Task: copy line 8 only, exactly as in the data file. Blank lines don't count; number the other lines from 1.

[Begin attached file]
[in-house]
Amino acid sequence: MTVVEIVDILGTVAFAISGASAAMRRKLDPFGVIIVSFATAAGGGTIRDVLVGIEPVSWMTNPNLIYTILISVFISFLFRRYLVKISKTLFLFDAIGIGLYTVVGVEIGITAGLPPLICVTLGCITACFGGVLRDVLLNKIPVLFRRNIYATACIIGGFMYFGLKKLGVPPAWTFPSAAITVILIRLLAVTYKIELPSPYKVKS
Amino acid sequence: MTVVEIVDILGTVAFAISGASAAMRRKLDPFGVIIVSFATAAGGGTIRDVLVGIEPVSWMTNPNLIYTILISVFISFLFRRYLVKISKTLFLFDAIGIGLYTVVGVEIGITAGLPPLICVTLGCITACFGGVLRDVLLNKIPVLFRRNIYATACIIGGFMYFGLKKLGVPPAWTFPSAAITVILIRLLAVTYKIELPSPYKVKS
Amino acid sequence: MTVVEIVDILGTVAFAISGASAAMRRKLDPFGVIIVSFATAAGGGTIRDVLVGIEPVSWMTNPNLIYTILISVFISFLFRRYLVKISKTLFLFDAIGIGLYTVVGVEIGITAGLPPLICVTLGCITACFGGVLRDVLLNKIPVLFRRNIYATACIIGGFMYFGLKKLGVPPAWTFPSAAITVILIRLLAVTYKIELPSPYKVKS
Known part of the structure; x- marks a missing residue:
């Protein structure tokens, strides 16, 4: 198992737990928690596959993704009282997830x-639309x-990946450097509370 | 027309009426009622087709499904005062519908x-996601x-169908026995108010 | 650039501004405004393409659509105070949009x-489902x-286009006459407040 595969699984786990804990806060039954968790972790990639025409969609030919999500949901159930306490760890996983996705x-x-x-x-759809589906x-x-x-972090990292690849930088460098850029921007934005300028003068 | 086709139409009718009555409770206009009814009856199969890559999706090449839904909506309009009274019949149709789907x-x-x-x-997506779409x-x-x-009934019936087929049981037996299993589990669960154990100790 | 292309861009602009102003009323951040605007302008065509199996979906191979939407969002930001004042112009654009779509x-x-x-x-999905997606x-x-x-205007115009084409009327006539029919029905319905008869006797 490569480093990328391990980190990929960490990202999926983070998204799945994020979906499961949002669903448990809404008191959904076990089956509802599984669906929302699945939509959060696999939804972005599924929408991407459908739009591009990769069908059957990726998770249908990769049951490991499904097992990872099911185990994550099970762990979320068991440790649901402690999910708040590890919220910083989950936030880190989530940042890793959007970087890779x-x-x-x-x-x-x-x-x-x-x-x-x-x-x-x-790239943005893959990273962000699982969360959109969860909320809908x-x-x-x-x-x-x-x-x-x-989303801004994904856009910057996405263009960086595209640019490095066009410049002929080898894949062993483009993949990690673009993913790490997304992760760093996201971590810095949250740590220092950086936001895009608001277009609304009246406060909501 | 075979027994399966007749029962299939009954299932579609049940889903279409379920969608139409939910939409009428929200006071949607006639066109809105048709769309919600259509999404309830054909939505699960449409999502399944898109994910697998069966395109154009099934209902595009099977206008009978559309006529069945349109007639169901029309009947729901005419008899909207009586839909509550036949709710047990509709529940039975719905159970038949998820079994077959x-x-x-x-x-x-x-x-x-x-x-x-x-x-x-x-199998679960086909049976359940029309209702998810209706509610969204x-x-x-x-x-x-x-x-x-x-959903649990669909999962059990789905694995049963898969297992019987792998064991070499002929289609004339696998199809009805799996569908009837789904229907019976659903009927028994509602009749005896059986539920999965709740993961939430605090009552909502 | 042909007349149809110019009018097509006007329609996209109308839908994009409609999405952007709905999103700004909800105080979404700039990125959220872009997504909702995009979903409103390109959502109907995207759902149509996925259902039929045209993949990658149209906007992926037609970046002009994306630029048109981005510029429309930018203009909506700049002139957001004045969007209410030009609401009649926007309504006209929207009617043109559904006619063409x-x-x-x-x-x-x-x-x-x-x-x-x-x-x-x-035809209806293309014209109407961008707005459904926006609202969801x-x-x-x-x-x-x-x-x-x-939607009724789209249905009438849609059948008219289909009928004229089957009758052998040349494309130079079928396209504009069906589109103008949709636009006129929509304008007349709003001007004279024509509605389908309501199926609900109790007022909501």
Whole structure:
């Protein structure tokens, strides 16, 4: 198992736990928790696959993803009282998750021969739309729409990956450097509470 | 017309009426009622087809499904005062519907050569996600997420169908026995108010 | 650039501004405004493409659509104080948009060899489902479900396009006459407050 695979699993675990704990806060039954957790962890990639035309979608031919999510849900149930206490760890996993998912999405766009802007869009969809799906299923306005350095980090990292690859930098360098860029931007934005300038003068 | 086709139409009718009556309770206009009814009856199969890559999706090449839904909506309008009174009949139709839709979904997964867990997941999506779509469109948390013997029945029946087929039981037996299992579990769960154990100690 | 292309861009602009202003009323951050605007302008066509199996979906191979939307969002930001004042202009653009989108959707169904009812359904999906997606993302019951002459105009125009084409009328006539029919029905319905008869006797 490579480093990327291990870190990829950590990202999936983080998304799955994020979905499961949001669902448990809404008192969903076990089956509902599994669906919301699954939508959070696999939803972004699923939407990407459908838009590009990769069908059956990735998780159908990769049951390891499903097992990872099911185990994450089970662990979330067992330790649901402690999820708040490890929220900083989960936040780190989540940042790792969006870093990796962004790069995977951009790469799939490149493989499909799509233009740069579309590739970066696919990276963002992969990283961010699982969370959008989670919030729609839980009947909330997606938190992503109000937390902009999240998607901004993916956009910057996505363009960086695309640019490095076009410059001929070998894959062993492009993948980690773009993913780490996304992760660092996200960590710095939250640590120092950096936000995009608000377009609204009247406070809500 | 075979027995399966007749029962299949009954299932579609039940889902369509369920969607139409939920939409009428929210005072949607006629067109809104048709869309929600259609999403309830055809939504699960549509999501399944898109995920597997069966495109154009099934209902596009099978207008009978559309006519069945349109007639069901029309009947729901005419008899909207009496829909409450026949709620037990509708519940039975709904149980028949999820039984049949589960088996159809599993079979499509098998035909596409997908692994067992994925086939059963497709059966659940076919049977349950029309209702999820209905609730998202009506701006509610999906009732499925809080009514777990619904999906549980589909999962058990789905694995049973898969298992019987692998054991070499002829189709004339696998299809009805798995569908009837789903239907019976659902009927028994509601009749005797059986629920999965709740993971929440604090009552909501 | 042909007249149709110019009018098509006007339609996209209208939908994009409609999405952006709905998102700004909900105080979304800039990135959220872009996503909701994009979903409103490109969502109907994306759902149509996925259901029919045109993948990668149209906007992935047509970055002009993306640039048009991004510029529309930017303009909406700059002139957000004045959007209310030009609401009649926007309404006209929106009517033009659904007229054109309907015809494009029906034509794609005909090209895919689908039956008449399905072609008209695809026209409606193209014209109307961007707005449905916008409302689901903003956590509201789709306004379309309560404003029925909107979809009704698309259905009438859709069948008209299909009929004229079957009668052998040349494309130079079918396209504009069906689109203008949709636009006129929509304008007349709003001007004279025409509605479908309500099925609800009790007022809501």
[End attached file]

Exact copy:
């Protein structure tokens, strides 16, 4: 198992736990928790696959993803009282998750021969739309729409990956450097509470 | 017309009426009622087809499904005062519907050569996600997420169908026995108010 | 650039501004405004493409659509104080948009060899489902479900396009006459407050 695979699993675990704990806060039954957790962890990639035309979608031919999510849900149930206490760890996993998912999405766009802007869009969809799906299923306005350095980090990292690859930098360098860029931007934005300038003068 | 086709139409009718009556309770206009009814009856199969890559999706090449839904909506309008009174009949139709839709979904997964867990997941999506779509469109948390013997029945029946087929039981037996299992579990769960154990100690 | 292309861009602009202003009323951050605007302008066509199996979906191979939307969002930001004042202009653009989108959707169904009812359904999906997606993302019951002459105009125009084409009328006539029919029905319905008869006797 490579480093990327291990870190990829950590990202999936983080998304799955994020979905499961949001669902448990809404008192969903076990089956509902599994669906919301699954939508959070696999939803972004699923939407990407459908838009590009990769069908059956990735998780159908990769049951390891499903097992990872099911185990994450089970662990979330067992330790649901402690999820708040490890929220900083989960936040780190989540940042790792969006870093990796962004790069995977951009790469799939490149493989499909799509233009740069579309590739970066696919990276963002992969990283961010699982969370959008989670919030729609839980009947909330997606938190992503109000937390902009999240998607901004993916956009910057996505363009960086695309640019490095076009410059001929070998894959062993492009993948980690773009993913780490996304992760660092996200960590710095939250640590120092950096936000995009608000377009609204009247406070809500 | 075979027995399966007749029962299949009954299932579609039940889902369509369920969607139409939920939409009428929210005072949607006629067109809104048709869309929600259609999403309830055809939504699960549509999501399944898109995920597997069966495109154009099934209902596009099978207008009978559309006519069945349109007639069901029309009947729901005419008899909207009496829909409450026949709620037990509708519940039975709904149980028949999820039984049949589960088996159809599993079979499509098998035909596409997908692994067992994925086939059963497709059966659940076919049977349950029309209702999820209905609730998202009506701006509610999906009732499925809080009514777990619904999906549980589909999962058990789905694995049973898969298992019987692998054991070499002829189709004339696998299809009805798995569908009837789903239907019976659902009927028994509601009749005797059986629920999965709740993971929440604090009552909501 | 042909007249149709110019009018098509006007339609996209209208939908994009409609999405952006709905998102700004909900105080979304800039990135959220872009996503909701994009979903409103490109969502109907994306759902149509996925259901029919045109993948990668149209906007992935047509970055002009993306640039048009991004510029529309930017303009909406700059002139957000004045959007209310030009609401009649926007309404006209929106009517033009659904007229054109309907015809494009029906034509794609005909090209895919689908039956008449399905072609008209695809026209409606193209014209109307961007707005449905916008409302689901903003956590509201789709306004379309309560404003029925909107979809009704698309259905009438859709069948008209299909009929004229079957009668052998040349494309130079079918396209504009069906689109203008949709636009006129929509304008007349709003001007004279025409509605479908309500099925609800009790007022809501």